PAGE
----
Tsuchizaki flourished as a port by shipping out special products such as Akita cedar and rice. Many other products were brought to the port by Kitamae-bune. In the early 19th century, more than 600 vessels a year entered the bustling Tsuchizaki port. There were also 12 very busy whaling shops. The cargo leaving Tsuchizaki consisted of agricultural and marine products and Akita cedar. Produce entering the port included cotton, old clothes, salt, sugar, paper, and other everyday items needed by the local people.
Akita City, Akita
Cultural Properties of Akita
The five-layered stone tower at Takashimizu Park
This was a marker for ships entering the harbor, including Kitamae-bune. It collapsed in an earthquake of the Bunka era (1804-1818), but is now restored. It is located on a small hill, which is a good site to look at the harbor and Mt.Oga-Sanzan.
A Scroll Painting of Akita Way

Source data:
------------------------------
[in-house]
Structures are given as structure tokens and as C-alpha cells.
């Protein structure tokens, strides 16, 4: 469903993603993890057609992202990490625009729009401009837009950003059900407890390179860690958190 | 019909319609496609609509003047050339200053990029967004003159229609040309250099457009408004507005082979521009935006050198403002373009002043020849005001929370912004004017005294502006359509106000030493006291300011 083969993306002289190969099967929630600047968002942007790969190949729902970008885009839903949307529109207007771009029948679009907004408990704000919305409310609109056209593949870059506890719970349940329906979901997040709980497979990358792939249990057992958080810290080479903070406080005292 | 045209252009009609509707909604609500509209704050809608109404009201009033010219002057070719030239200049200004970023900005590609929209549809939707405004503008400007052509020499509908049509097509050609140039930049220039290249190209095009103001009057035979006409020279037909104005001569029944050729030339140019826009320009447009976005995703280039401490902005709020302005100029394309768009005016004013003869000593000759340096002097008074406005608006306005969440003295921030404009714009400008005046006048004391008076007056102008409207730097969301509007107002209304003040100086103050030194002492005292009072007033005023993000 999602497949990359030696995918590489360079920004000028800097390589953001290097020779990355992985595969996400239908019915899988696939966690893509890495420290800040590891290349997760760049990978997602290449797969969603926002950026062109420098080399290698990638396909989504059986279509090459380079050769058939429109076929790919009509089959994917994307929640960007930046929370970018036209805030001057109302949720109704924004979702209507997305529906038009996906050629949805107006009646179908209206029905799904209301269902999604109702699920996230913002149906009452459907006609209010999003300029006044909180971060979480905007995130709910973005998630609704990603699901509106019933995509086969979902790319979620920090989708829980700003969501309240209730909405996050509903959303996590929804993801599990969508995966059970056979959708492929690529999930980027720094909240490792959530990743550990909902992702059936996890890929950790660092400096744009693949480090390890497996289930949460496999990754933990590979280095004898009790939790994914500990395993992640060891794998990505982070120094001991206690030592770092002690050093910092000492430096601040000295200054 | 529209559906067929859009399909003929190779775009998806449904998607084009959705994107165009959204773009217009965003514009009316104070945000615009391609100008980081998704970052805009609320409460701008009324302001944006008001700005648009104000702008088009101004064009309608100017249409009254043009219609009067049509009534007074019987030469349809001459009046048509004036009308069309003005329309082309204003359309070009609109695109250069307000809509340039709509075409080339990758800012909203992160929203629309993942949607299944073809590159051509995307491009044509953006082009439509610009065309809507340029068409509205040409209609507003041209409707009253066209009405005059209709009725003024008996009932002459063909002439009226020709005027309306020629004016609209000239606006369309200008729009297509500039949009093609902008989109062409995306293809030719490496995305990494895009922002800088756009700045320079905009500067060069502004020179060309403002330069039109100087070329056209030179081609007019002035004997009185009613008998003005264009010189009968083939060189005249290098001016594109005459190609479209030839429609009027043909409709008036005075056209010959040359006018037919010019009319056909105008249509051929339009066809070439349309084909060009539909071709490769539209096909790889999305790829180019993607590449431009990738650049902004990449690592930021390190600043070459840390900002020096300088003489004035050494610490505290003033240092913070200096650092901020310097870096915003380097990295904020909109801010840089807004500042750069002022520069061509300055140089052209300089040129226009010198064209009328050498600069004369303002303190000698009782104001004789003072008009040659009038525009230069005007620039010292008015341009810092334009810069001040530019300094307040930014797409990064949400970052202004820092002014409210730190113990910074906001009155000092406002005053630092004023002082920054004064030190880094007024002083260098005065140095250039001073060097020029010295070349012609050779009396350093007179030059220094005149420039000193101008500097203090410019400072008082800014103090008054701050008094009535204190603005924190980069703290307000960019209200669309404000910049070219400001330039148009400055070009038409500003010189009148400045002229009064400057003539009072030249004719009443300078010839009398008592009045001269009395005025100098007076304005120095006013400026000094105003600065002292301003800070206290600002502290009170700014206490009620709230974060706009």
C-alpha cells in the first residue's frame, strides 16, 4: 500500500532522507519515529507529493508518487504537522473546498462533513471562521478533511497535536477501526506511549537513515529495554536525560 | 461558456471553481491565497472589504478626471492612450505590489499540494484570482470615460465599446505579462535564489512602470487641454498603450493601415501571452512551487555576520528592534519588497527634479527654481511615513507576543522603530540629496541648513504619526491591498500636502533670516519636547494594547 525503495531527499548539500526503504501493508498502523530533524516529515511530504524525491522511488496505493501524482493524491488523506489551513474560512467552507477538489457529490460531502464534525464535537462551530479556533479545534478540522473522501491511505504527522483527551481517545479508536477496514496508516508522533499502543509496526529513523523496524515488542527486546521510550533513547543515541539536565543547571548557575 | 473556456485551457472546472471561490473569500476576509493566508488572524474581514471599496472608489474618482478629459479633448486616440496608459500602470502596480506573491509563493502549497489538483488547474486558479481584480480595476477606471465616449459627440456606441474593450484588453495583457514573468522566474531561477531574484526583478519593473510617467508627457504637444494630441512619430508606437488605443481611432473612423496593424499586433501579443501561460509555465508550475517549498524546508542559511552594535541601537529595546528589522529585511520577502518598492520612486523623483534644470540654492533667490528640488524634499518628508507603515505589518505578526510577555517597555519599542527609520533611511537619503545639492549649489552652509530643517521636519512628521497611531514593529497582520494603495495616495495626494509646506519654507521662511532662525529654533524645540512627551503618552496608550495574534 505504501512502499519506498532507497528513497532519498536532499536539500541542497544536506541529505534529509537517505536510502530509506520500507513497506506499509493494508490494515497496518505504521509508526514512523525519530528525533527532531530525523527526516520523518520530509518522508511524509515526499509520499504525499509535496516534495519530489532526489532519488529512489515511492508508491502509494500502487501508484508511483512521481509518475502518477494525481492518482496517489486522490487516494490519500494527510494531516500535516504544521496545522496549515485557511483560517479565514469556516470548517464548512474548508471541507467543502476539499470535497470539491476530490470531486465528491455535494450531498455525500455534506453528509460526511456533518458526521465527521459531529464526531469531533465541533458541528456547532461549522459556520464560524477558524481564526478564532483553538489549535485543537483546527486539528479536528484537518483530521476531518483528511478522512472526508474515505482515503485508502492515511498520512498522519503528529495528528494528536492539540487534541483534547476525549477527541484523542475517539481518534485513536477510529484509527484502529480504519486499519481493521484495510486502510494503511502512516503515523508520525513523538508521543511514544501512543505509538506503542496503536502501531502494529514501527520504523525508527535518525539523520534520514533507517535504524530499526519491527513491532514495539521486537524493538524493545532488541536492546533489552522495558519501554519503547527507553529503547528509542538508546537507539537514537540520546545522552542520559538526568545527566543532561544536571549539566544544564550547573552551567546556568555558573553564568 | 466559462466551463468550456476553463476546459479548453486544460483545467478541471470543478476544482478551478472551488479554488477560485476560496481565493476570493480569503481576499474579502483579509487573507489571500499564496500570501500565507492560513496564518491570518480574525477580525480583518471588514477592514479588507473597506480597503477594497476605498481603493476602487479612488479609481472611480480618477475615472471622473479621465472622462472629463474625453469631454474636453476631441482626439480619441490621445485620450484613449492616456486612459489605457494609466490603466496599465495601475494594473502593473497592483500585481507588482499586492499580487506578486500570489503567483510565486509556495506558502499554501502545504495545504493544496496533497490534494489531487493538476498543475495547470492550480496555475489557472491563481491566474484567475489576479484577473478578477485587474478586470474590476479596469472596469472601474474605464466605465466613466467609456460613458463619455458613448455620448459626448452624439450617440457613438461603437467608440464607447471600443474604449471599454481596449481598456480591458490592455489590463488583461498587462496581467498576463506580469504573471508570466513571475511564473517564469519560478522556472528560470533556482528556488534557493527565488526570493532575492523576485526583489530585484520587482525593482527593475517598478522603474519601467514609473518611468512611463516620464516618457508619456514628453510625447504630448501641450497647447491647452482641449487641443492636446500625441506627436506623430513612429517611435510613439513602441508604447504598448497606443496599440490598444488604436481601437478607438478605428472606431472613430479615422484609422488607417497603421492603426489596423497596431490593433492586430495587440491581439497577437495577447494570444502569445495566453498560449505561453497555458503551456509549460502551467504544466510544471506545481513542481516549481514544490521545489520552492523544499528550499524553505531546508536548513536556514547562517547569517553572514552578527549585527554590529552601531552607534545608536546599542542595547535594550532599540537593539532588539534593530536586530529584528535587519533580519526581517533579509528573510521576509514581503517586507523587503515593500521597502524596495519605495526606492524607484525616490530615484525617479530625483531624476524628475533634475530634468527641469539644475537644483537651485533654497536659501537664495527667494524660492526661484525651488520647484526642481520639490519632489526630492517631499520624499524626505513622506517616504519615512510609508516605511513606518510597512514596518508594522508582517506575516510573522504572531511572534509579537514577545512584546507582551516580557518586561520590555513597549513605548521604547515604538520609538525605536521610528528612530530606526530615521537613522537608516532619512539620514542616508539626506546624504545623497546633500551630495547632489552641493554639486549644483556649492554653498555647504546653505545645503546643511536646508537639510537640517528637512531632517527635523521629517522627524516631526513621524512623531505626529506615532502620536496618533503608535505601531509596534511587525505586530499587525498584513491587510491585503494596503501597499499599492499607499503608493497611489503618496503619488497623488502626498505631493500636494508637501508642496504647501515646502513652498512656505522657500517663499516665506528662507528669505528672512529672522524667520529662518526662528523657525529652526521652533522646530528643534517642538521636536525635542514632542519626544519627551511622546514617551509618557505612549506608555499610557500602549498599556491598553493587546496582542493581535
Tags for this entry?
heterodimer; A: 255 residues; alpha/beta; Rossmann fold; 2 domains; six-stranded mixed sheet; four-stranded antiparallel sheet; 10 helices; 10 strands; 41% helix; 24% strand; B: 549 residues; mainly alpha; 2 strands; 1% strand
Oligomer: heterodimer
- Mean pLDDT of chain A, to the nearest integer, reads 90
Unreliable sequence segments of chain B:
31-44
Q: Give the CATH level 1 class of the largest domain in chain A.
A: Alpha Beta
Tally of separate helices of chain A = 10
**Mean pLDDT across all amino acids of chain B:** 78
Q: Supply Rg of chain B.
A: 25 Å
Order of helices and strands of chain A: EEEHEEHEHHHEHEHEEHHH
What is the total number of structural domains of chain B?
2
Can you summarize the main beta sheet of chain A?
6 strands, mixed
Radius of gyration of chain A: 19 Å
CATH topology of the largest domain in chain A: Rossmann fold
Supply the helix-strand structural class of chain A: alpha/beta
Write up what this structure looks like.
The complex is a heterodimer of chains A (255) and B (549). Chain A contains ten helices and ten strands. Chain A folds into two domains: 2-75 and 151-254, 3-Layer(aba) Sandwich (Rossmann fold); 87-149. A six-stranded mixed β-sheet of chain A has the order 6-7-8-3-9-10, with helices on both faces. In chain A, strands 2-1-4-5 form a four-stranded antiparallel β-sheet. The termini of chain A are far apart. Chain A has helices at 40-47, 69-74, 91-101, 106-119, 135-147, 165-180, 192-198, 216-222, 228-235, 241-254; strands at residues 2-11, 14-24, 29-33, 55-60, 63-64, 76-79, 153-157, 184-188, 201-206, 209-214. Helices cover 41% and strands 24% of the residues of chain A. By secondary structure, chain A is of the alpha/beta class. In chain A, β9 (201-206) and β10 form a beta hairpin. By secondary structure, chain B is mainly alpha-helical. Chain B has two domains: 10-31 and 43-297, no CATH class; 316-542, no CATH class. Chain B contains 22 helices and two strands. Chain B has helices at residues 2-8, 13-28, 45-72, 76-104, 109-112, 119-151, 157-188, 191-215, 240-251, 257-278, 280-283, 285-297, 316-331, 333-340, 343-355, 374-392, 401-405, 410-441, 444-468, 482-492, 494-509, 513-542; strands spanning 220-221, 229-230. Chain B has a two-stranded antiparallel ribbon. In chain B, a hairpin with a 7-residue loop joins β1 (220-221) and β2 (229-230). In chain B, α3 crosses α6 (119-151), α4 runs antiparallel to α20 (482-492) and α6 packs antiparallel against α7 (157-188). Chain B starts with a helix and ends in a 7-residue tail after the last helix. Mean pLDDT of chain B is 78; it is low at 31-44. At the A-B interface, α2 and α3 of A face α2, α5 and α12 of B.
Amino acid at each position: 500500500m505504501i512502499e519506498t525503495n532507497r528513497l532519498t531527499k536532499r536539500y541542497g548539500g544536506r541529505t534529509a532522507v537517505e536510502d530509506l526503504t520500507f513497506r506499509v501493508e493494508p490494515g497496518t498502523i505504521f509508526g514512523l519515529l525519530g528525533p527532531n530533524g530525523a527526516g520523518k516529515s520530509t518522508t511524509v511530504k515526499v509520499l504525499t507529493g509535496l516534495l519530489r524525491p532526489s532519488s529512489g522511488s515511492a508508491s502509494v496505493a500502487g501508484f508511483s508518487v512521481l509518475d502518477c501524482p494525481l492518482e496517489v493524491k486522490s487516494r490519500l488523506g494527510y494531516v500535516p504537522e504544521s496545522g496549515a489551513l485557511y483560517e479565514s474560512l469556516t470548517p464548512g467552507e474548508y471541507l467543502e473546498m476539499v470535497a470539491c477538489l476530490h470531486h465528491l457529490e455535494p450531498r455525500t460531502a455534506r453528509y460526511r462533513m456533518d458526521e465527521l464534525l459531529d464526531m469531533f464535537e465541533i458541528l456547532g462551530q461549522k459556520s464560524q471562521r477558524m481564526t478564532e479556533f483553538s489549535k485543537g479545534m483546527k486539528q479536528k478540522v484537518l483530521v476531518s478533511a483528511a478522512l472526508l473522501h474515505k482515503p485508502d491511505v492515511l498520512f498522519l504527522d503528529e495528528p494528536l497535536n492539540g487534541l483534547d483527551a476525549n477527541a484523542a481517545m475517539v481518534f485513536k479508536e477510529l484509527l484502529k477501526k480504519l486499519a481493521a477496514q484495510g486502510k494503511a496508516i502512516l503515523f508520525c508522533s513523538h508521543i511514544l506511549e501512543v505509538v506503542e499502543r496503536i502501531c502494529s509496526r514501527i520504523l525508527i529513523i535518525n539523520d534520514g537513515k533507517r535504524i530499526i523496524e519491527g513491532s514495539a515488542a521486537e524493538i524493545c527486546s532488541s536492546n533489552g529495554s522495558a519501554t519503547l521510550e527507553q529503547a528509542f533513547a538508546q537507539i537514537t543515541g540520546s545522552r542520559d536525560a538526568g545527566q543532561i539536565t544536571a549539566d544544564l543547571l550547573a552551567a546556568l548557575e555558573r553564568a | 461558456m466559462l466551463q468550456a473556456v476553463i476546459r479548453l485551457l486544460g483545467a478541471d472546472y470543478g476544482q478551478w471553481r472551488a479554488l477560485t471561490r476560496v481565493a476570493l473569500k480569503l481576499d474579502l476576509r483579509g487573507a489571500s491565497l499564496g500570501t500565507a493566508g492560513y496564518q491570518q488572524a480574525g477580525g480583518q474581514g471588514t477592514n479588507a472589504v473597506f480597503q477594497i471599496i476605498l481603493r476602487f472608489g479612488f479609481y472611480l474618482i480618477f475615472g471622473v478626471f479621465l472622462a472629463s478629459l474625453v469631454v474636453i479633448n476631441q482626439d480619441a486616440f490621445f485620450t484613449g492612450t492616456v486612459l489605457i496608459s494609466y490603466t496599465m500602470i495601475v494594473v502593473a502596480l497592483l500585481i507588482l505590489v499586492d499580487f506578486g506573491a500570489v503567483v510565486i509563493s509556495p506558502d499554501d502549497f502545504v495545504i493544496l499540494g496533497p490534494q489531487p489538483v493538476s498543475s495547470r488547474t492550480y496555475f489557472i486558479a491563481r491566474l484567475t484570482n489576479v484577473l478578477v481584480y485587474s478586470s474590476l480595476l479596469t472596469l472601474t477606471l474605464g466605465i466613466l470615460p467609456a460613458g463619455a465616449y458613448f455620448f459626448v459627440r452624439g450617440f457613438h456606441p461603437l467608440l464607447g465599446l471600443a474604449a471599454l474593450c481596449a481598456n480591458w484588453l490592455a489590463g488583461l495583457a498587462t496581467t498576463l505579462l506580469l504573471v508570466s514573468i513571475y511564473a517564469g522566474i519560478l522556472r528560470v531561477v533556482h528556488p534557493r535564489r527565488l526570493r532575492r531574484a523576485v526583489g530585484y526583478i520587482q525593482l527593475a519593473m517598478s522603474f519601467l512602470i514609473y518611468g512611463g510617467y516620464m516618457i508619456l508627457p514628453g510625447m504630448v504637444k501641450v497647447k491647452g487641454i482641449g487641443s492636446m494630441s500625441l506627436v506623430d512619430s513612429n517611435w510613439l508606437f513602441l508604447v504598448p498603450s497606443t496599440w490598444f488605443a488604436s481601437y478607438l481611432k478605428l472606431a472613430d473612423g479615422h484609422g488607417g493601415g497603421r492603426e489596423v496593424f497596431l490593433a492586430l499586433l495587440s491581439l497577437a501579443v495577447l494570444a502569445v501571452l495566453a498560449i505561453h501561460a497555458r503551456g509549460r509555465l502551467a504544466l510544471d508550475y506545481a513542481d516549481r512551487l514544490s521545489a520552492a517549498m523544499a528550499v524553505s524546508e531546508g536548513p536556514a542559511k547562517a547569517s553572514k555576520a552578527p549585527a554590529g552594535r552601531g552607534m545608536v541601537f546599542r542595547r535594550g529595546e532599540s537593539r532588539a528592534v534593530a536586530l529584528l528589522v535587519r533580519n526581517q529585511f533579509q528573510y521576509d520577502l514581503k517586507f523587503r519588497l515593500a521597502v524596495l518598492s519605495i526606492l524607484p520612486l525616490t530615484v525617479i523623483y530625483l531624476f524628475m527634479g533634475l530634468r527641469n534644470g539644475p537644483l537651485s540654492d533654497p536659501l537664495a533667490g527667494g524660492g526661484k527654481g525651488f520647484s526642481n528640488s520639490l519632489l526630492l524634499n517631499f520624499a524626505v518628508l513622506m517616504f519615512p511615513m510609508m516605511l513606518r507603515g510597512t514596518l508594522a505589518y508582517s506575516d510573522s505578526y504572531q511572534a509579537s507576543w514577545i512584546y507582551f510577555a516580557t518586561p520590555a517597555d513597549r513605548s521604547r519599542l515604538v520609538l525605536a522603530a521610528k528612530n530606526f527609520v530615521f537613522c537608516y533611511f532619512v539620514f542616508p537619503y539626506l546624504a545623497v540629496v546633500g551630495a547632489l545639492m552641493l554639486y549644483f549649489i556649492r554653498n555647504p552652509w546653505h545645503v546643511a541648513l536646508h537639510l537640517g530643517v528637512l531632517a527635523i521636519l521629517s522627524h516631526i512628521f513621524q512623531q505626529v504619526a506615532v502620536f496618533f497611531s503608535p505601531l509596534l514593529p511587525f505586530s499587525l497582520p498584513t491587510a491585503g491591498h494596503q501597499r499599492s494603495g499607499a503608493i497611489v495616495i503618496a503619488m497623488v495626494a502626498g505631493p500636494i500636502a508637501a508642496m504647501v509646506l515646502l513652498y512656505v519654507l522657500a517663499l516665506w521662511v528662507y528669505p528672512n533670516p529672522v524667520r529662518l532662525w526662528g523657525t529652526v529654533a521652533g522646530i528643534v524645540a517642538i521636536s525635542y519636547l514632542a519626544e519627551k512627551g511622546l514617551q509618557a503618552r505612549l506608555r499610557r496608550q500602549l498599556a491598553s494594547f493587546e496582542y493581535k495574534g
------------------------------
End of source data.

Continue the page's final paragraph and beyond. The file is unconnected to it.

A scroll painting depicting Kitamae-bune and the atmosphere of the crowded harbor.
A Scroll Painting of Life in Akita
An embroidery depicting Kitamae-bune and the atmosphere of the crowded harbor life.
Lion-Dog Statues (Komainu) on Guard at the Konpira Shrine
A shrine dedicated to the worship of local deities for small cargo wholesalers of Kitamae-bune. People prayed for small cargo wholesalers and sailors. These statues are along a path made by Shakudani-ishi stone.
The Five-Storied Stone Pagoda at Towa Temple
A stone five-storied pagoda that is said to have been brought from Osaka and donated to help with the difficulties endured by western Japan's Kitamae-bune sailors who had escaped shipwrecks.
A Tsuchizaki-Shinmeisha Shrine Festival's Hikiyama Event
The origin is supposedly that the sailors of Kitamae-bune donated to the Tsuchizaki-Shinmeisha Shrine in 1704. It is said that "Aiya-bushi" (a traditional folk song that was performed on the return to Hikiyama) originated from "Haiya-bushi" (another traditional folk song) and spread by the Kitamae-bune.
Taishoji Temple Okesa (Traditional Folk Song)
Some forms of entertainment spread by Kitamae-bune originated from "Haiya-bushi", and traveled more than 20 kilometers up the Omonogawa River to Taishoji. The river flows into Tsuchizaki Port, which was used by Kitamae-bune in Akita.
Handmade Konbu Processing Technology
Konbu processing technology transported by Kitamae-bune.